• Find out what kind of exam it will be: objective, short essay, long essay, or a combination.
  2. Exam Study:
    • Prepare summary sheets for large amounts of lecture and textbook notes.
    • Spend several nights before an exam making a final review of notes.
    • Stress the following areas in your review:
      1. Points emphasized in class or in the text;
      2. Areas the professor has advised for study:
      3. Questions in study guides, past quizzes, and reviews at the end of textbook chapters.

  3. Preparation by Type of Exam:
    • Objective exams: Study as if it were an essay exam.
    • Stress specifics:
      • Definitions of key terms and examples;
      • Lists of items;
      • For True/False, write some false statements.
    • Essay Exams:
      • Stress concepts.
      • List probable questions.
      • Prepare a good outline answer and practice it.
    • Problem Exams:
      • Memorize formulas if needed.
      • Practice problems.


Ten Traps of Studying

  1. "I Don't Know Where To Begin" Take Control. Make a list of all the things you have to do. Break your workload down into manageable chunks. Prioritize! Schedule your time realistically. Don't skip classes near an exam -- you may miss a review session. Use that hour in between classes to review notes. Interrupt study time with planned study breaks. Begin studying early, with an hour or two per day, and slowly build as the exam approaches.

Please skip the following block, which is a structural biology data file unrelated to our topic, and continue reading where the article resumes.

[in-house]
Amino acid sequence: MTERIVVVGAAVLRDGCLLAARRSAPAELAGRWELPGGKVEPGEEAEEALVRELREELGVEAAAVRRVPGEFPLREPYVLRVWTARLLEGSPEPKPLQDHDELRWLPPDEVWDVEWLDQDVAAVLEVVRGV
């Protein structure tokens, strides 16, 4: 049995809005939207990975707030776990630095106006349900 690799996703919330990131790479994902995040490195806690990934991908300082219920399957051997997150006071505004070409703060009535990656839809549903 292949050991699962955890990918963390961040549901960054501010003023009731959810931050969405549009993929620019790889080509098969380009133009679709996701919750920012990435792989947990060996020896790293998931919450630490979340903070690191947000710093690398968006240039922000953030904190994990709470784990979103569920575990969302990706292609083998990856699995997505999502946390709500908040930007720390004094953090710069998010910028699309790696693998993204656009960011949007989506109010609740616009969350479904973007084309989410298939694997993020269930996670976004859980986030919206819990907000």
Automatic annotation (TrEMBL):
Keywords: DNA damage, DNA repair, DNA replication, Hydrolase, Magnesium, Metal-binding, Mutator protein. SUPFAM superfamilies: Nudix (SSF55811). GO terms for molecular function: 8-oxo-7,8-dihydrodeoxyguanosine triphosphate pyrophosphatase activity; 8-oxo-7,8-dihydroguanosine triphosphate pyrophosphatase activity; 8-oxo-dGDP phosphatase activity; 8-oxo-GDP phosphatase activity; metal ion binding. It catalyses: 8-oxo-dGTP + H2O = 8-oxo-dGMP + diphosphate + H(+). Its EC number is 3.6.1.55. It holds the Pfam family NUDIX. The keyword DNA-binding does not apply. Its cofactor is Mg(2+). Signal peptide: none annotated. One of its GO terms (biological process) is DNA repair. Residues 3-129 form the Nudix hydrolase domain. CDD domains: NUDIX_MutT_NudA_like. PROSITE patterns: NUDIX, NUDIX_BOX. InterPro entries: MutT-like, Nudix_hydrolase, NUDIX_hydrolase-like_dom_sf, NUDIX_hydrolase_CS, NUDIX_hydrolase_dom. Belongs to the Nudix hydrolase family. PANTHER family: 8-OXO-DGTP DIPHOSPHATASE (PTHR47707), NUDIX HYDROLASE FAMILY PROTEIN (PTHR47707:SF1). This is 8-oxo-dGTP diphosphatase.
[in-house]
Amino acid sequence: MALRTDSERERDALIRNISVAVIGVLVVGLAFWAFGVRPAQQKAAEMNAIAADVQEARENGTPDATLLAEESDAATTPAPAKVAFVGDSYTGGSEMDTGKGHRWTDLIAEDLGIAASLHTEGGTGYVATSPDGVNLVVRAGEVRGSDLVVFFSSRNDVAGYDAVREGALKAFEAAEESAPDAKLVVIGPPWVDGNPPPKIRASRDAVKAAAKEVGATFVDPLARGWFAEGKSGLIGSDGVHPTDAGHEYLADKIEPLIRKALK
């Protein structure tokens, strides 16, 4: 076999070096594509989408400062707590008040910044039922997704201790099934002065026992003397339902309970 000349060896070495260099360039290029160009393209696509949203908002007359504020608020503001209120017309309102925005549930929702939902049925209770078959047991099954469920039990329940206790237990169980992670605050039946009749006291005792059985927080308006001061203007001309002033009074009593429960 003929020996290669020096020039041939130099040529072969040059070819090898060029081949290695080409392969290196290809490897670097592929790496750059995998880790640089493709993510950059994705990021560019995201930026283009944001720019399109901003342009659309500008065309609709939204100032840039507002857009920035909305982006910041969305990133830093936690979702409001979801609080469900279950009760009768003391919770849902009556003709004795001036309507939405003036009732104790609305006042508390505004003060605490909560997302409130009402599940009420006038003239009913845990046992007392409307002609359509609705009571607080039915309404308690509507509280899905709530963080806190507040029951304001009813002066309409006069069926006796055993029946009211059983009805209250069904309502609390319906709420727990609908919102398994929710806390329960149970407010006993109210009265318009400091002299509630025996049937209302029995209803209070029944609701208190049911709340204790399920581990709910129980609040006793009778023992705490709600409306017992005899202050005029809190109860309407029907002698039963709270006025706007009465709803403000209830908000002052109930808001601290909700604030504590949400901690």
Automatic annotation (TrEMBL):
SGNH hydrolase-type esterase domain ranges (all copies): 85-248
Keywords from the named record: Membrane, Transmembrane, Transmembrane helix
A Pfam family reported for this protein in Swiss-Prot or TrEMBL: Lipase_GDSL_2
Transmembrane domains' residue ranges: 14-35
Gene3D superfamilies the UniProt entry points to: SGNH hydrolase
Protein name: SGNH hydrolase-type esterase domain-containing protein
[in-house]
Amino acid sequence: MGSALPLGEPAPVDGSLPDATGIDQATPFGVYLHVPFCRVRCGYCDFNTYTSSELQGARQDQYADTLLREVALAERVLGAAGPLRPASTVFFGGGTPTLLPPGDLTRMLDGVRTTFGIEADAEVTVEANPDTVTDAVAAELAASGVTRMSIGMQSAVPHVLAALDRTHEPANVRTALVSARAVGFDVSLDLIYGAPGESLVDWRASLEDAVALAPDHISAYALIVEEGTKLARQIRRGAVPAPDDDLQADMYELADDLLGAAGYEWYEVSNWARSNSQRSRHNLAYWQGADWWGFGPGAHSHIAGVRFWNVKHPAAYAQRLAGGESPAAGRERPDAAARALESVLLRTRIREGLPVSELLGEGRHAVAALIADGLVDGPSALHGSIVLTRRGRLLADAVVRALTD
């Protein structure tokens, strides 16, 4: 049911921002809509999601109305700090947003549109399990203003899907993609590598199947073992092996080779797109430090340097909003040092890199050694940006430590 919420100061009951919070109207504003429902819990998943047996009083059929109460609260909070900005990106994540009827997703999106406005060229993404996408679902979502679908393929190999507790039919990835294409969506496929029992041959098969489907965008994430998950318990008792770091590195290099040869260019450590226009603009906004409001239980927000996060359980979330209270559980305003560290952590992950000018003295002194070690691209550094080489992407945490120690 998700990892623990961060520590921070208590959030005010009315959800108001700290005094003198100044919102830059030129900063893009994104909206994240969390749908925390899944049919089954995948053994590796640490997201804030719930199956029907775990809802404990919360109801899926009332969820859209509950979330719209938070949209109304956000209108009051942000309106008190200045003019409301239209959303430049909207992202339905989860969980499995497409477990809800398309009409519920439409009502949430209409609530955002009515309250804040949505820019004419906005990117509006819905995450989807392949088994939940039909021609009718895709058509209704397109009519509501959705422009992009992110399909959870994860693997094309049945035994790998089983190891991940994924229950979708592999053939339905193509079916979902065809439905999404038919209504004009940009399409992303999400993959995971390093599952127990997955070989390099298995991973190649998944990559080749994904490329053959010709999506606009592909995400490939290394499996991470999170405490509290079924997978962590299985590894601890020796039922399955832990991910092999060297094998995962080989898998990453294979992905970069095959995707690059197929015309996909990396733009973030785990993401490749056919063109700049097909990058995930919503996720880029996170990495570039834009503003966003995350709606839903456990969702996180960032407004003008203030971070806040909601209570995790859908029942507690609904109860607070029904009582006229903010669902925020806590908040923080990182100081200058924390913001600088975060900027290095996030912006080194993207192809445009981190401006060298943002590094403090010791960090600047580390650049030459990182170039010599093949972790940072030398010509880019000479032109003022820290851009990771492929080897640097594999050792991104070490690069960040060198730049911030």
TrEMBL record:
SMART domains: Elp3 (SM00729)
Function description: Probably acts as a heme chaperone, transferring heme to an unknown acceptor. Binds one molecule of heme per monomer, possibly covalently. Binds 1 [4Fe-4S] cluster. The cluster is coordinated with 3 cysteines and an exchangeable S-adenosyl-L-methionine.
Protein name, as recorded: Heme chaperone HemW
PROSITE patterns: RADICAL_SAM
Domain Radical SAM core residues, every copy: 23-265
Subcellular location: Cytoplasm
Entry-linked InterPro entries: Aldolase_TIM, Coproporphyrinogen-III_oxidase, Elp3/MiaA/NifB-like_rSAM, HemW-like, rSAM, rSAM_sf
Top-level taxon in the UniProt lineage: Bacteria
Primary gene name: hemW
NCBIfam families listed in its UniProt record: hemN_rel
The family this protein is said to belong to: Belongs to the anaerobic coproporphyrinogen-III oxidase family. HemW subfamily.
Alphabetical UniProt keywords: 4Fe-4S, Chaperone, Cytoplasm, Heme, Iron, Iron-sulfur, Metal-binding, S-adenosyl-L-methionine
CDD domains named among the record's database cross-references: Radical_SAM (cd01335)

2. "I've Got So Much To Study . . . And So Little Time"
    Preview. Survey your syllabus, reading material, and notes. Identify the most important topics emphasized, and areas still not understood. Previewing saves time, especially with non-fiction reading, by helping you organize and focus in on the main topics. Adapt this method to your own style and study material, but remember, previewing is not an effective substitute for reading.
  3. "This Stuff Is So Dry, I Can't Even Stay Awake Reading It"
    Attack! Get actively involved with the text as you read. Ask yourself, "What is important to remember about this section?" Take notes or underline key concepts. Discuss the material with others in your class. Study together. Stay on the offensive, especially with material that you don't find interesting, rather than reading passively and missing important points.